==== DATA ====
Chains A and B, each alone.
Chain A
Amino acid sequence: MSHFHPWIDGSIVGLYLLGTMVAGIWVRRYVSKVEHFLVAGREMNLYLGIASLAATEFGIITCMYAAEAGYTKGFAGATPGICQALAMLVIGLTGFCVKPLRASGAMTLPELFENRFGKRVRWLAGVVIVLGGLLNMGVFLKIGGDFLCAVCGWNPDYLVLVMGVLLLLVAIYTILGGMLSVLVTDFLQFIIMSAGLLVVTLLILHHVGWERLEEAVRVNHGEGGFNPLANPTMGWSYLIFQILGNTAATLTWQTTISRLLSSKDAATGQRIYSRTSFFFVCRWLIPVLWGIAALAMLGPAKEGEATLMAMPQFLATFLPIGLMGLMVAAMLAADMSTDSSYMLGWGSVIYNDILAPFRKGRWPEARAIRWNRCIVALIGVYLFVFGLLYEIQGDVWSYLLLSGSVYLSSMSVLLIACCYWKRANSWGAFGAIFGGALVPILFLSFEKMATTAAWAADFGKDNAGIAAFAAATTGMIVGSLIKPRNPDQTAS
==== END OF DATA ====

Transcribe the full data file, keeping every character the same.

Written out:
Chains A and B, each alone.
Chain A
Amino acid sequence: MSHFHPWIDGSIVGLYLLGTMVAGIWVRRYVSKVEHFLVAGREMNLYLGIASLAATEFGIITCMYAAEAGYTKGFAGATPGICQALAMLVIGLTGFCVKPLRASGAMTLPELFENRFGKRVRWLAGVVIVLGGLLNMGVFLKIGGDFLCAVCGWNPDYLVLVMGVLLLLVAIYTILGGMLSVLVTDFLQFIIMSAGLLVVTLLILHHVGWERLEEAVRVNHGEGGFNPLANPTMGWSYLIFQILGNTAATLTWQTTISRLLSSKDAATGQRIYSRTSFFFVCRWLIPVLWGIAALAMLGPAKEGEATLMAMPQFLATFLPIGLMGLMVAAMLAADMSTDSSYMLGWGSVIYNDILAPFRKGRWPEARAIRWNRCIVALIGVYLFVFGLLYEIQGDVWSYLLLSGSVYLSSMSVLLIACCYWKRANSWGAFGAIFGGALVPILFLSFEKMATTAAWAADFGKDNAGIAAFAAATTGMIVGSLIKPRNPDQTAS